In some scenes, if you have her wearing the default outfit there's very clear camel toe as well. Oh Miranda, you silly sassy sensuous seducer.

Susan Arendt:

HardRockSamurai:
I think Casey Hudson's answer sounds a lot more reasonable. Video Games, especially in the current generation, have always borrowed heavily from movies, so building a game like "a PG-13 movie" sounds a lot more understandable to me.
(it also explains why there's no actual nudity in these games)

I find Muzyka's answer a little bit puzzling. The Mass Effect series has always had this "build-your-own-adventure" vibe; in theory, Shepard should be the players' concept, not the game designers'.

I tend to agree with this. The culmination of the romance in part 1 was far more...well, physical, than in part 2. Honestly, I can live with fading to black instead of watching characters knock boots in the uncanny valley. But I'd still rather have the option to bed the ladies should I want to.

I mean, seriously, have you seen Miranda's ass?

(goes to go grab popcorn)

OT: even tho it is more for a niche market, it does represent that gamers arent all homophobic slobs like the ones on /new/. i do wish there would at least some representation of unbiased homosexuality in games.

... I'd have preferred they simply keep it as "we didn't want to write and record dialog for male and female romances of both sexes because that would've cost money. Seriously thats triple the romance dialog!"

The reasons they gave are utter crap.

Hell, an actual good reason is "homosexual males scare our target demographics."

Bioware, hi.

I haven't bought Mass Effect 2 for two reasons:

1) No Wrex in the party (IN THE PARTY, everyone I mention this to says "but he's in the game")

2) No gaying it up with Garrus.

So yeah.

But mainly lack of Wrex.

HardRockSamurai:
I think Casey Hudson's answer sounds a lot more reasonable. Video Games, especially in the current generation, have always borrowed heavily from movies, so building a game like "a PG-13 movie" sounds a lot more understandable to me.
(it also explains why there's no actual nudity in these games)

I find Muzyka's answer a little bit puzzling. The Mass Effect series has always had this "build-your-own-adventure" vibe; in theory, Shepard should be the players' concept, not the game designers'.

Not this game. It is completely linear. You only get to choose which of three missions you do first. Then when are done with the set you get one handed to you that sets up three more.

You can blame them for not having gay relationships in the game, but you can't blame them for dodging the question after they made the choice, I mean, is there any politically correct answer they could give?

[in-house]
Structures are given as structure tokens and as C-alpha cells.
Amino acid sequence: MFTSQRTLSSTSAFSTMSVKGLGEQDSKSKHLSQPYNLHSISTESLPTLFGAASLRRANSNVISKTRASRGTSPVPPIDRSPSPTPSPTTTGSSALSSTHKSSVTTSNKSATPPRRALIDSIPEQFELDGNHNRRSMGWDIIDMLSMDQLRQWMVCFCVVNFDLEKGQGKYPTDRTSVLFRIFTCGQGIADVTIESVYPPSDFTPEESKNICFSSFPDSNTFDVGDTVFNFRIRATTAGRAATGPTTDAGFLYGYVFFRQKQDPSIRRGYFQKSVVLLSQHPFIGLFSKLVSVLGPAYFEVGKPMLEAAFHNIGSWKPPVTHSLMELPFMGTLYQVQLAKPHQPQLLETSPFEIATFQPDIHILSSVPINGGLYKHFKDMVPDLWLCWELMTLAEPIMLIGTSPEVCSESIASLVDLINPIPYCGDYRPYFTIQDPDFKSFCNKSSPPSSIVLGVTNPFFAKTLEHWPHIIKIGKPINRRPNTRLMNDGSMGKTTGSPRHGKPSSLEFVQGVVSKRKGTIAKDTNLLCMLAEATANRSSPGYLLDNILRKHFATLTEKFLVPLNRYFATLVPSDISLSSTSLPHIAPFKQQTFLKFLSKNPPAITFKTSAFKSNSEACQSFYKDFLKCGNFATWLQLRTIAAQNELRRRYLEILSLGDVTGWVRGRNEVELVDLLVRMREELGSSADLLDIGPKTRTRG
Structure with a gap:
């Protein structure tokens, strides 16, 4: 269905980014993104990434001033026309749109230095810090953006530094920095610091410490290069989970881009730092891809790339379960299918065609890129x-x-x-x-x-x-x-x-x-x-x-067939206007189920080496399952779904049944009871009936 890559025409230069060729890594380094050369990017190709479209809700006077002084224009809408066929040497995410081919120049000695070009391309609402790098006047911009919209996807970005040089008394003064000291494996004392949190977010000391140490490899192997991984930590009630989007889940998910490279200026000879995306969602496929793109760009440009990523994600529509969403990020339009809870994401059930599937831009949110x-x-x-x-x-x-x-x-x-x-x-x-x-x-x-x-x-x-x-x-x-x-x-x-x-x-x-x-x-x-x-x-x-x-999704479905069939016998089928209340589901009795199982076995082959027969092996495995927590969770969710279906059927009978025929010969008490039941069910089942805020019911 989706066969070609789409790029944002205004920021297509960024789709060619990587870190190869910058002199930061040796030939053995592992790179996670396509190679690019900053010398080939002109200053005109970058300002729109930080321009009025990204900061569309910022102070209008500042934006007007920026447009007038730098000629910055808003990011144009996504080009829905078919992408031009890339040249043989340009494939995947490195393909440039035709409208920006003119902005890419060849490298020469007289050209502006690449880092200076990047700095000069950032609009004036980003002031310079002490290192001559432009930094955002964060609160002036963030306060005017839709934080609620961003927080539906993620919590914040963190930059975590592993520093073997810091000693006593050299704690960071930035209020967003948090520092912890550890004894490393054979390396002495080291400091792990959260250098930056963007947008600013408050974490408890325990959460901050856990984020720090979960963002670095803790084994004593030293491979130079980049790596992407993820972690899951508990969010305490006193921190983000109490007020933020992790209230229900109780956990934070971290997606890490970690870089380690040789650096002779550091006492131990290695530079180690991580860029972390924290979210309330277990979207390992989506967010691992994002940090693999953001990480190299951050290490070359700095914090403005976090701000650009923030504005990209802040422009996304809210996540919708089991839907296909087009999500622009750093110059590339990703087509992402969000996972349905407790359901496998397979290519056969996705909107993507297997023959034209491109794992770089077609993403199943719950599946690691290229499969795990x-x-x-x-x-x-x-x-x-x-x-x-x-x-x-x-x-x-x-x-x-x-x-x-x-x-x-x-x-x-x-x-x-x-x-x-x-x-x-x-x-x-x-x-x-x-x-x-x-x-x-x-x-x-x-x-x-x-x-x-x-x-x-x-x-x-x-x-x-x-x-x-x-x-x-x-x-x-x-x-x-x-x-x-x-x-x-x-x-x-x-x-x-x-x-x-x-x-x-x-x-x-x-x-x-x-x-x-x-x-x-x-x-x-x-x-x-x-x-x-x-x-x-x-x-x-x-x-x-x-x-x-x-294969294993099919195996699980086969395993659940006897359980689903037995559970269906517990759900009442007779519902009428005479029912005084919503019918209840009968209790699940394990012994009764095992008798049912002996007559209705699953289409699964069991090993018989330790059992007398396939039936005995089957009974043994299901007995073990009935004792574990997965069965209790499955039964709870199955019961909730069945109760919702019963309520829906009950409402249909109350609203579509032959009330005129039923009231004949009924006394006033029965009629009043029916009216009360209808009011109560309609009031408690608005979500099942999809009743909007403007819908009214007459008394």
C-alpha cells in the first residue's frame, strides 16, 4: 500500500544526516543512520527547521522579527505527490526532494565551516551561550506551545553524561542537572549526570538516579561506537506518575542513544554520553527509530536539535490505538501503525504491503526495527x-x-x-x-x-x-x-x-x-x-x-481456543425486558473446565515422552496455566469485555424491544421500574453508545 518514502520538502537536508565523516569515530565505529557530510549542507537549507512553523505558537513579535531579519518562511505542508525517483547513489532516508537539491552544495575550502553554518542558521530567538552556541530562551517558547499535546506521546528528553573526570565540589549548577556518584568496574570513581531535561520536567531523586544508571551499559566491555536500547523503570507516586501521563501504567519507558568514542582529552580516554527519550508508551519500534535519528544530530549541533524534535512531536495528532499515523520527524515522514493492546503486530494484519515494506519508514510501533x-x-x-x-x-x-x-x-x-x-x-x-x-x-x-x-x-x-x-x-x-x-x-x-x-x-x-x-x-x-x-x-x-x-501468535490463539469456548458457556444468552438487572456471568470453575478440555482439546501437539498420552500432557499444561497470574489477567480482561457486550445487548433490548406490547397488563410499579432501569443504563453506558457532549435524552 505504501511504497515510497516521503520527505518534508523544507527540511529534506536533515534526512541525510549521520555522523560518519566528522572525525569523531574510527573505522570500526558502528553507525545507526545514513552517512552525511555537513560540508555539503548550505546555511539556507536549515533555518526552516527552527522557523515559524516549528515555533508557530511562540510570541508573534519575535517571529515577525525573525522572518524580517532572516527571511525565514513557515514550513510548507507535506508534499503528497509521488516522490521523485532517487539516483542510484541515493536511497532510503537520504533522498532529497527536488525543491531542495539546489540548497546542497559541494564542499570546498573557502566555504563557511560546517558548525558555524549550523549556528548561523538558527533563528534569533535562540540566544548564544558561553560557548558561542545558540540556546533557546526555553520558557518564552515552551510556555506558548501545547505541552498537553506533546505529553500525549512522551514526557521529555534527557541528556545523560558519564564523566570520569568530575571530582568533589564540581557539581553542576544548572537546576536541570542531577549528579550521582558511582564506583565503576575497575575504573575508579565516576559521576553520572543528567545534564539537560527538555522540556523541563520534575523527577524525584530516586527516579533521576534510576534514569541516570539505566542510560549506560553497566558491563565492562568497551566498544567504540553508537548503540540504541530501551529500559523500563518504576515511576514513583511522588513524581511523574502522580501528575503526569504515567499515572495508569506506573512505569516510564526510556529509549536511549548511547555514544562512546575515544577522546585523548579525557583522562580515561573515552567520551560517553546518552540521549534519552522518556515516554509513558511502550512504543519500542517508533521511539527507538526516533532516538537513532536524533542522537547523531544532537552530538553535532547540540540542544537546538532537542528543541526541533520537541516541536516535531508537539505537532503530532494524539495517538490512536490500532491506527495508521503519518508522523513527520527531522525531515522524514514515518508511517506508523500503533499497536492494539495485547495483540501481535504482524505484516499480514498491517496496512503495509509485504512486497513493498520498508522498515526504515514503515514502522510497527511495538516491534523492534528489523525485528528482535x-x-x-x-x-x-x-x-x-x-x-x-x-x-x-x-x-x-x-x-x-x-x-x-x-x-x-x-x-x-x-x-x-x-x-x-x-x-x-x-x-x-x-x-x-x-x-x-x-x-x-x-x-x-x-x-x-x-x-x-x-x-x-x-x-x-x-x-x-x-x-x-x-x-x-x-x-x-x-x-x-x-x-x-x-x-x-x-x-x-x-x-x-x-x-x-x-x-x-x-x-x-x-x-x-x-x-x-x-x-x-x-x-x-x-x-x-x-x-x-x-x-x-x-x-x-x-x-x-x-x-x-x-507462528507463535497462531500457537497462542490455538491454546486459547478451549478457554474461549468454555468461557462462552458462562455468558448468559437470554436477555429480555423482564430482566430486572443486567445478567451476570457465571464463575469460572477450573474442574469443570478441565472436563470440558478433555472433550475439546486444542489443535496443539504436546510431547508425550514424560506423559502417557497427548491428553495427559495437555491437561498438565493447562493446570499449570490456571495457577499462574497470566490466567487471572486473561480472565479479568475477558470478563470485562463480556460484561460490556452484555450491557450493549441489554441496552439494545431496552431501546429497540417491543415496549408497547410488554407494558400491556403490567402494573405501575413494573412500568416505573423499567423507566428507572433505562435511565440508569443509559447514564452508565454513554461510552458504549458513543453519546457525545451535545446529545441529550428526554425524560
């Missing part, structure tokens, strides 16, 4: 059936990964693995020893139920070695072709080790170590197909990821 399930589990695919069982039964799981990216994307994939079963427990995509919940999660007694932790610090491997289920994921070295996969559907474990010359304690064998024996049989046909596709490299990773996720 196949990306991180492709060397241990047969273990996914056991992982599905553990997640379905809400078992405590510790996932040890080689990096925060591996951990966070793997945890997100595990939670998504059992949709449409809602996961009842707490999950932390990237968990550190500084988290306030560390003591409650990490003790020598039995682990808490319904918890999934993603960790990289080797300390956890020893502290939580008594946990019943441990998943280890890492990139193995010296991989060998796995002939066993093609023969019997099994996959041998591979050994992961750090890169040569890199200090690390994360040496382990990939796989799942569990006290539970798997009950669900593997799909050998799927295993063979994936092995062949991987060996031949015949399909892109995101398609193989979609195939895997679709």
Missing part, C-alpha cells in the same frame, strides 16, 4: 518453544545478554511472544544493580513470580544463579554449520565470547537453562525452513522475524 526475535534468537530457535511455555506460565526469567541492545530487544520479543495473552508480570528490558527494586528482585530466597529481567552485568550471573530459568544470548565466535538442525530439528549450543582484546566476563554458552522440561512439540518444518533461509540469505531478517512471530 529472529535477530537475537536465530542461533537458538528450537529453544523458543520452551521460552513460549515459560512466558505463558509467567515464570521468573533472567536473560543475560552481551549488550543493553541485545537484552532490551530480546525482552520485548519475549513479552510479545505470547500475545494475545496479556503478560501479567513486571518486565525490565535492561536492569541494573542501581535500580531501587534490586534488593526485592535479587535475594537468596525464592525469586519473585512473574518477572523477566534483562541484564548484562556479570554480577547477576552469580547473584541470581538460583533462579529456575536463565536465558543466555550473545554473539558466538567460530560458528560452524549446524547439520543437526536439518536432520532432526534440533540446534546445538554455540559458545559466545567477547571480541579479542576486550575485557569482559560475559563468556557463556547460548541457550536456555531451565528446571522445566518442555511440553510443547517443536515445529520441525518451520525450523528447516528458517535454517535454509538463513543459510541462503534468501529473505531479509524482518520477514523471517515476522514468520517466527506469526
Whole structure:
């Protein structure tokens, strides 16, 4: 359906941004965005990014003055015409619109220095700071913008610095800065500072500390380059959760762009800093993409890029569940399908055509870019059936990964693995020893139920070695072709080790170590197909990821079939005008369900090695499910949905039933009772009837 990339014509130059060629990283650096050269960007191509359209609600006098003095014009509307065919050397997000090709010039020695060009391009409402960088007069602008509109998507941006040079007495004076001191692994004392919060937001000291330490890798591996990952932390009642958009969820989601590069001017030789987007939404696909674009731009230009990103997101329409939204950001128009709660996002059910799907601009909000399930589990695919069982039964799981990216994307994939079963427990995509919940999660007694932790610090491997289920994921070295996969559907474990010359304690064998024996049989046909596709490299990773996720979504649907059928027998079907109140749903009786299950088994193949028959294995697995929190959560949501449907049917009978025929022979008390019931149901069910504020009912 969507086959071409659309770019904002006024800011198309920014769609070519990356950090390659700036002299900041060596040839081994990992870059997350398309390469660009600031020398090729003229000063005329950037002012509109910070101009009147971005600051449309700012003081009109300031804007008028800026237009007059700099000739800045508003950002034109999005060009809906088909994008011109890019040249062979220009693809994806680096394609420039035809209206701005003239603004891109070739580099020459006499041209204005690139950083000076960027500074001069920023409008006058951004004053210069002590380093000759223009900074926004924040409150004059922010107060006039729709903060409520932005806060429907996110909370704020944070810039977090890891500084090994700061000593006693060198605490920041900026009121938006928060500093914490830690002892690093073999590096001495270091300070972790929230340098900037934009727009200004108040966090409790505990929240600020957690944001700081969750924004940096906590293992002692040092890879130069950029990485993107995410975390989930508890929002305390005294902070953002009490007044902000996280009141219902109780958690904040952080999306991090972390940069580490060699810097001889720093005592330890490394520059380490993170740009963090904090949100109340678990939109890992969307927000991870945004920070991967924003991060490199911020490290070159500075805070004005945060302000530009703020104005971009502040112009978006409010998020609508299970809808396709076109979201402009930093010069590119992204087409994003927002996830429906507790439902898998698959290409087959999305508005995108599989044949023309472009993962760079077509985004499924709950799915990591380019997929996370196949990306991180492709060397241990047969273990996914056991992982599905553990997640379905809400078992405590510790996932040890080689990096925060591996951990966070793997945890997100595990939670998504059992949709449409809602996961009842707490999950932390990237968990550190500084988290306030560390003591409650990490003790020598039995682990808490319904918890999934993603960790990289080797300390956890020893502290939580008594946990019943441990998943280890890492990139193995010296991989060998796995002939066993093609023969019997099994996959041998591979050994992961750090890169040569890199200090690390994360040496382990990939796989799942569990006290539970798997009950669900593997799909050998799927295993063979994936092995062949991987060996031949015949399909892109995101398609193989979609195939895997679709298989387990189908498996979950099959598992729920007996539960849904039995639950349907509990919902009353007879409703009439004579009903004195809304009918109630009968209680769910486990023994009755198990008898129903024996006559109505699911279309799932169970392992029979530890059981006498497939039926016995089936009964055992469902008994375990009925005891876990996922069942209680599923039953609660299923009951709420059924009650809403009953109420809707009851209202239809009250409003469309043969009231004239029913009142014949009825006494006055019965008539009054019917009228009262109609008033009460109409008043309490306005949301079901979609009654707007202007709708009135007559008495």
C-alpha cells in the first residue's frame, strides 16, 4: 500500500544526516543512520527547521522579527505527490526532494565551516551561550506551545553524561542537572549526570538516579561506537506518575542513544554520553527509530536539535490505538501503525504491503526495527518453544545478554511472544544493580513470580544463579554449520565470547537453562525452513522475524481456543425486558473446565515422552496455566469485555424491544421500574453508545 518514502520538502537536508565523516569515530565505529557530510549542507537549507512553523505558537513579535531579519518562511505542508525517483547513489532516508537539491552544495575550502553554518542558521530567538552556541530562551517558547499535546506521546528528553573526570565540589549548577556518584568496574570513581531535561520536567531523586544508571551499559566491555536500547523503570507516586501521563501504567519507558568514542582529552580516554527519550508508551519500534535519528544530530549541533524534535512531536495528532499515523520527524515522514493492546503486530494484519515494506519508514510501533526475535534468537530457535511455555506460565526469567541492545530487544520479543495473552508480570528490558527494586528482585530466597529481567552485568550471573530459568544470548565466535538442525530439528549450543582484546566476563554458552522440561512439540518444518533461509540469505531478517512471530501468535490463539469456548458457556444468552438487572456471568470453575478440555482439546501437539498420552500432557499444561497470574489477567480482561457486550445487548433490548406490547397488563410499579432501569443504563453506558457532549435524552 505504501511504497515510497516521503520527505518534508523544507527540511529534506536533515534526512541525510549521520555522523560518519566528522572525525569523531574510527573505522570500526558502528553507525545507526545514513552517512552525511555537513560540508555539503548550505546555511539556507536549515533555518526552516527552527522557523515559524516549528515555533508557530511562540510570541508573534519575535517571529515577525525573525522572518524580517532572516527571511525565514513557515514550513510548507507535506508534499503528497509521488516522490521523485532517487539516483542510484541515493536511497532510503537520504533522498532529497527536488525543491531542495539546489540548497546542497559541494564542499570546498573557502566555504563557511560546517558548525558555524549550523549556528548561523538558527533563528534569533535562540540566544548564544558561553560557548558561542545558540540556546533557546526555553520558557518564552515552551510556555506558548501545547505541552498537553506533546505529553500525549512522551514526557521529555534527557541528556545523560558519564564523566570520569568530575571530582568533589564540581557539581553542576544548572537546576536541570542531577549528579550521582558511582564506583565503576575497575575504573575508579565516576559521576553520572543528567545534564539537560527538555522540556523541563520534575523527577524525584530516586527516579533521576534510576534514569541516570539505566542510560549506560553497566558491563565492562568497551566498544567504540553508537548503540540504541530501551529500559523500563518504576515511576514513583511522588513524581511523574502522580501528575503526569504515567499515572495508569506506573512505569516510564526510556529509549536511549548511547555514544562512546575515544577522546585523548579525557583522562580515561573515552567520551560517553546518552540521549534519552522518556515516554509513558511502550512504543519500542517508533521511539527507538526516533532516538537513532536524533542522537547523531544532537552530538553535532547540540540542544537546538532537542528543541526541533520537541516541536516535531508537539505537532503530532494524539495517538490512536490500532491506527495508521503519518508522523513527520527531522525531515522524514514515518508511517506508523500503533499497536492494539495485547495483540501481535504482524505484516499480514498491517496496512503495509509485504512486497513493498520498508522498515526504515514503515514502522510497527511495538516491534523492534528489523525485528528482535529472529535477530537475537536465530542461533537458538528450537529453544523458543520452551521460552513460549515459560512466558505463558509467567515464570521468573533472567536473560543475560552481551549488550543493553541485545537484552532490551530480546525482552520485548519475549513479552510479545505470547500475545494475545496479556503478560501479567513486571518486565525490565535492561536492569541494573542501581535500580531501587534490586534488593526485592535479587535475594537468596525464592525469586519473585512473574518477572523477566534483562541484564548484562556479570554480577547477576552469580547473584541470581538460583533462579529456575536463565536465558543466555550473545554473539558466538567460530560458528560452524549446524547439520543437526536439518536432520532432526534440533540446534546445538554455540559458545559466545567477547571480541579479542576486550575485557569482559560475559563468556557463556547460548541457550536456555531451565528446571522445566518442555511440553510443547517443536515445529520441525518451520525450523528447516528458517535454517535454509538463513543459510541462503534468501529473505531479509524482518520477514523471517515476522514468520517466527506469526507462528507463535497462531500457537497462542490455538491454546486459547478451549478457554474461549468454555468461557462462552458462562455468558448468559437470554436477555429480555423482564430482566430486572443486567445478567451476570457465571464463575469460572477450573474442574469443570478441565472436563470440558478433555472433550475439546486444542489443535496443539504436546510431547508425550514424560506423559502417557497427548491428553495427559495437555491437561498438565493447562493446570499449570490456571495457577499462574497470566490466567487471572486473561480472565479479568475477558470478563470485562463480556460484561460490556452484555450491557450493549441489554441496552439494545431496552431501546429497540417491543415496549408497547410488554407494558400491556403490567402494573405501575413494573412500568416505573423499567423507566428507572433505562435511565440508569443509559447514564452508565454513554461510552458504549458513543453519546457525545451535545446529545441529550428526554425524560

Susan Arendt:
I mean, seriously, have you seen Miranda's ass?

I know.

It's interesting that Bioware's other two internal IPs (Jade Empire and Dragon Age) both had homosexual options. KotOR on the other hand, had a half broken "lesbian" option with Juhani, but given it's the Star Wars license, I didn't expect much more than that. Mass Effect, therefore, has really surprised me in this regard. If anything, they've retreated even further after the first game too, especially with the ridiculous excuses contradicting their own canon about Liara not being female (and therefore no F/F relationships are in the game).

I wonder if they're not just playing it safe, trying to avoid any controversy in a target market that perhaps has a partly less mature demographic than, say, Dragon Age. But I'm just guessing now.

HardRockSamurai:
I think Casey Hudson's answer sounds a lot more reasonable. Video Games, especially in the current generation, have always borrowed heavily from movies, so building a game like "a PG-13 movie" sounds a lot more understandable to me.

The next good question being why, in a society that is supposedly accepting of homosexuality, a heterosexual relationship is "PG-13" while a homosexual relationship gets a higher age rating. The implication is of course that a homosexual relationship is somehow "dirtier", or more likely to warp your poor little child's mind if he's exposed to it. Which is fairly obviously homophobic. Of course, this is straying a bit off topic, since it's a societal problem, not Bioware's fault. But I still find that justification a little weak. It still boils down to "we don't want to offend the homophobic sensibilities of our consumers".